Diabetes favors soluble forms of amyloid beta, which are particularly toxic and damaging to neuronal tissue. This scientific discovery is related to this disease Alzheimer’sWith Professor of the Department of Physiology of the UGR Juan José Ramos Rodríguez, according to a study in which researchers from the University of Cádiz Mónica García Aloza and María Vargas Soria participate.
The description of the amyloid beta peptide deposition process in a combined model of Alzheimer’s disease and diabetes provides a new therapeutic target to target to slow or stop the progression of the disease. Madness, It is one of the main ways to explore the future.
In recent years, diabetes and prediabetes have been recognized as a risk factor for dementia, but the mechanisms mediating this association are not fully known. This work highlights one of the ways in which type 2 diabetes mellitus or its earlier stage, prediabetes, contribute to cognitive decline and accelerate the progression of Alzheimer’s disease. Study describes a new development of pathology beta amyloid in Alzheimer’s patients Those who also have prediabetes or type 2 diabetes.
The novelty of the obtained results is based on the detection of a different progression of amyloid beta pathology when only Alzheimer’s disease is encountered and a second development when this dementia is accompanied by type 2 diabetes or prediabetes. In the combined model, there is an excess accumulation of beta amyloid peptide at the vascular level, which is known as beta-amyloid angiopathy. Furthermore, diabetes favors soluble forms of the amyloid beta peptide, which are the most toxic and damaging to neuronal tissue. Said modification of beta-amyloid pathology leads to increased oxidative stress at the neuronal and vascular levels. lets break it all down blood vessels in the brain and potentiates the neuronal death typical of Alzheimer’s disease.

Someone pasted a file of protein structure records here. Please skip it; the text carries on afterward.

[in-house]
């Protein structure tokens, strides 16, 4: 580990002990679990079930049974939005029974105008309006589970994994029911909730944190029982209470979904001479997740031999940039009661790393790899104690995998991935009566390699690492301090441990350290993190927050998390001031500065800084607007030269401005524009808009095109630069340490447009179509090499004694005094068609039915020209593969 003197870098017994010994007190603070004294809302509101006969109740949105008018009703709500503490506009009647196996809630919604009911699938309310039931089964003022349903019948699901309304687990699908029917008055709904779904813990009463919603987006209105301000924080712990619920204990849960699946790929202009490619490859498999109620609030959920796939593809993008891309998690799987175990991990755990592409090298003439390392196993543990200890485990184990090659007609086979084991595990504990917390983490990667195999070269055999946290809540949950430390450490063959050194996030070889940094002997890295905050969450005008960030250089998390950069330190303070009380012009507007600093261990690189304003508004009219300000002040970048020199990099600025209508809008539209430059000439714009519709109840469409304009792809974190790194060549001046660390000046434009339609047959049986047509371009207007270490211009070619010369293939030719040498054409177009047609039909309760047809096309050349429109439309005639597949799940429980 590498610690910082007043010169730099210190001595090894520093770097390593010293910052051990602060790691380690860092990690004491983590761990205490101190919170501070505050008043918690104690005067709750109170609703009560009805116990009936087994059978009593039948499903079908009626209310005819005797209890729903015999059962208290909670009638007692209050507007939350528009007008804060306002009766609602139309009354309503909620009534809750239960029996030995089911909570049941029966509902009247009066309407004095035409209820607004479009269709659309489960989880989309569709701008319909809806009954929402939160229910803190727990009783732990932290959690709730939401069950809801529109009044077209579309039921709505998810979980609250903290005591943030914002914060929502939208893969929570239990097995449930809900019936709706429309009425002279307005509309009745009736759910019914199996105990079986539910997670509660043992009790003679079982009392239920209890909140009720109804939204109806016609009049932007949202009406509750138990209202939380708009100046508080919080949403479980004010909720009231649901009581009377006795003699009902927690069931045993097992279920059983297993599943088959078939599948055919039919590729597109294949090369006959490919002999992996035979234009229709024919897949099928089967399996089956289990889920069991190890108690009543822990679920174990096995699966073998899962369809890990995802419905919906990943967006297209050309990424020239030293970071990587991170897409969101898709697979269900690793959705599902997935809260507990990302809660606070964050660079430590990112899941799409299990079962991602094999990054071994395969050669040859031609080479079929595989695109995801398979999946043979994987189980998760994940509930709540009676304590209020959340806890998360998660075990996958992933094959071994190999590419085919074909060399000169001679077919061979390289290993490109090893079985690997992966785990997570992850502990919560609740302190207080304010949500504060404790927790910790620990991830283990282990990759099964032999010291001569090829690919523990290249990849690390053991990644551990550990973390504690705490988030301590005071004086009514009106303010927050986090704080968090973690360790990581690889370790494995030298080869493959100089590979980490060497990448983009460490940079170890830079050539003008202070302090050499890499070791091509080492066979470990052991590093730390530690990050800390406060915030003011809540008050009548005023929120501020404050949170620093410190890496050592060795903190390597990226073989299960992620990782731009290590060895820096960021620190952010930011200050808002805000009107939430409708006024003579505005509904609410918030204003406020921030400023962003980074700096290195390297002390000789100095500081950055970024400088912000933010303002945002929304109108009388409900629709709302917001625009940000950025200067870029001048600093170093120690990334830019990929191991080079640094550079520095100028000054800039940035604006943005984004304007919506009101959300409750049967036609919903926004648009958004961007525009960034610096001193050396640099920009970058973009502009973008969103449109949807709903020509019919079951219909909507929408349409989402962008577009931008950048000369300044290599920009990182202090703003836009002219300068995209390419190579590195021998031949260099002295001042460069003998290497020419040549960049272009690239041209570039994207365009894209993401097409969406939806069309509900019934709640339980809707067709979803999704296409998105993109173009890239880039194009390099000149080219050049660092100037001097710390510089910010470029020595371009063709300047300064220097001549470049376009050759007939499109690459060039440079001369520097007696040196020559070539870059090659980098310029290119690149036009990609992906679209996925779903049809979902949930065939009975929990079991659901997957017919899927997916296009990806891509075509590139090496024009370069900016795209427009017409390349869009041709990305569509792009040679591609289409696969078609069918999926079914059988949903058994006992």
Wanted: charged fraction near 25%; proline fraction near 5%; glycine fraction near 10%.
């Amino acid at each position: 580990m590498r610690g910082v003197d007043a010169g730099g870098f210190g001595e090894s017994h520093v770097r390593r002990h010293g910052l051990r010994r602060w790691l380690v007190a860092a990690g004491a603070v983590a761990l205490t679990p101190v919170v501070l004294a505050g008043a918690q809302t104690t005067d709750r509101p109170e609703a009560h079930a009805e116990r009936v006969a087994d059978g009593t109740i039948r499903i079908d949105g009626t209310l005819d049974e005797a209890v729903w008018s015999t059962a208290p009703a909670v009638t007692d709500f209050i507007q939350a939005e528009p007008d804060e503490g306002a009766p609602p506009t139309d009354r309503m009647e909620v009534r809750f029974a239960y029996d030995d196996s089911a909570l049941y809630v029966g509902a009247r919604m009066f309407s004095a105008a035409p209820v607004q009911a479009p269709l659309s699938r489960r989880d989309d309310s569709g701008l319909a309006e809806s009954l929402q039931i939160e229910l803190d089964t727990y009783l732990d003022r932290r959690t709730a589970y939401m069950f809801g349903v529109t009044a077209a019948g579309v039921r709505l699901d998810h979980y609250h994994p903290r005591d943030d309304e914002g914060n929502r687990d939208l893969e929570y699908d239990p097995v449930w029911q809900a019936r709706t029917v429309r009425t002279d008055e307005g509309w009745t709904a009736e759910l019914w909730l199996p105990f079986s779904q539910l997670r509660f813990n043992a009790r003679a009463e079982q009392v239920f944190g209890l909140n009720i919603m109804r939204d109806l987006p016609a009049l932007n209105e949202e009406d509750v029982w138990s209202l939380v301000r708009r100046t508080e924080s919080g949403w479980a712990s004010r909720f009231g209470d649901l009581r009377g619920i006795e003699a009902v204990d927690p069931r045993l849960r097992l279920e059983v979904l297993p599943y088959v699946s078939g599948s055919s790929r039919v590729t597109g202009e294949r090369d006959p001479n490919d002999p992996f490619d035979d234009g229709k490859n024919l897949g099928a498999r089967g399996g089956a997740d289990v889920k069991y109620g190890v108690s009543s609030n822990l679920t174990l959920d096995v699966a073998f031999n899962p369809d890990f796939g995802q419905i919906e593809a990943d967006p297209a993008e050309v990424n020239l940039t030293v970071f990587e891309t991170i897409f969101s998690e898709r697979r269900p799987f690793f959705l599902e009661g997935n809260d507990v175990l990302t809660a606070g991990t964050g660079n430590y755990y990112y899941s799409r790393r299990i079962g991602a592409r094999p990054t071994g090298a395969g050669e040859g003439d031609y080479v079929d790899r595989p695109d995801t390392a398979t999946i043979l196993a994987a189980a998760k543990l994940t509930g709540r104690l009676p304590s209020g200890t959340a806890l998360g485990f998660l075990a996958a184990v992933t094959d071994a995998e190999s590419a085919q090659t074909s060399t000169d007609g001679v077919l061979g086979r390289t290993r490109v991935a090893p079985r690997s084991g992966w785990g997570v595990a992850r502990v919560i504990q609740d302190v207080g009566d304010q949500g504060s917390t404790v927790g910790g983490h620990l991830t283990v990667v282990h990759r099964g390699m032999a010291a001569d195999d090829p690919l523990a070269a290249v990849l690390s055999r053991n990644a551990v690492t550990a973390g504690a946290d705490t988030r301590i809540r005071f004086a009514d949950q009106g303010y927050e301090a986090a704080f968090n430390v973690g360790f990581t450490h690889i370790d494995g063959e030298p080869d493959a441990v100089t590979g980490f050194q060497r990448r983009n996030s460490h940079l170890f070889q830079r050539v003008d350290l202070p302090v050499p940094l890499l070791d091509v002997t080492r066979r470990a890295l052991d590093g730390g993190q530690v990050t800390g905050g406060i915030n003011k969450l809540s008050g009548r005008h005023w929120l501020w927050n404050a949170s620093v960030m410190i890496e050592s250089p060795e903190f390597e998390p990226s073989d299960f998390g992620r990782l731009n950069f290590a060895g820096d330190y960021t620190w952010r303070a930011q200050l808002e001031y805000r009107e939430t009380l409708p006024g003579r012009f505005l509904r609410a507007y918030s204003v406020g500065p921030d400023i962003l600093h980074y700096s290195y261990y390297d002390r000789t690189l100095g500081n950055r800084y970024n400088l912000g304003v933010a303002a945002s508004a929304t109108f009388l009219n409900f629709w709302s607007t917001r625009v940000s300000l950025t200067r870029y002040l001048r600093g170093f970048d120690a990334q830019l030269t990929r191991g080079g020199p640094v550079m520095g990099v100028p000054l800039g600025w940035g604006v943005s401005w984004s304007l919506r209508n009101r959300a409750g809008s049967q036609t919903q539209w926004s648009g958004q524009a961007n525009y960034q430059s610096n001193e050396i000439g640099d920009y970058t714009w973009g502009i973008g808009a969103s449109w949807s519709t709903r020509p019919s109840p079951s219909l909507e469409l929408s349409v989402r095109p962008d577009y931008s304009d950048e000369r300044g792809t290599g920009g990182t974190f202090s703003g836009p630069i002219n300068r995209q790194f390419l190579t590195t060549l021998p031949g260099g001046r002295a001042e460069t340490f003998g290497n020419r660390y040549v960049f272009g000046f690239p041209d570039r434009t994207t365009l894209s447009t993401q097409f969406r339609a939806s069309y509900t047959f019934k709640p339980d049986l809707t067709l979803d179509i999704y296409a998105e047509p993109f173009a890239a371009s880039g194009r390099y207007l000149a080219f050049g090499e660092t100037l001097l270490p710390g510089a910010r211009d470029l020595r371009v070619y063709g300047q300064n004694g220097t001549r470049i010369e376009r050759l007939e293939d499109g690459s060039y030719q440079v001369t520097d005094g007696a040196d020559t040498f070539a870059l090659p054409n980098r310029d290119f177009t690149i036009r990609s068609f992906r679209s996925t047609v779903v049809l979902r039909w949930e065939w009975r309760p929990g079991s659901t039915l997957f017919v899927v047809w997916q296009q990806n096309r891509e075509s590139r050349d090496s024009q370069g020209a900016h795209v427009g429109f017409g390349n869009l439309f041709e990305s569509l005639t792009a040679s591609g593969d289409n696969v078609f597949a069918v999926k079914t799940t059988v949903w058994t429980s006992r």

The research has developed in live animals thanks to a sophisticated multiphoton microscopy technique, which allows the monitoring of a single animal and a brain pathology over time. “This reduces the number of animals needed in research, without doubt a huge advantage over more rudimentary techniques, which triple the number of animals needed to conduct a similar study,” explains the UGR professor. “ juan jose ramos, ‘In vivo’ multiphoton microscopy is a technique within reach of some laboratories, capable of offering data and images that cannot be achieved with other techniques. “The next question we ask ourselves is: By controlling diabetes pathology, can we control or reduce the progression of beta-amyloid pathology and its consequences?” Researchers from the University of Granada have concluded.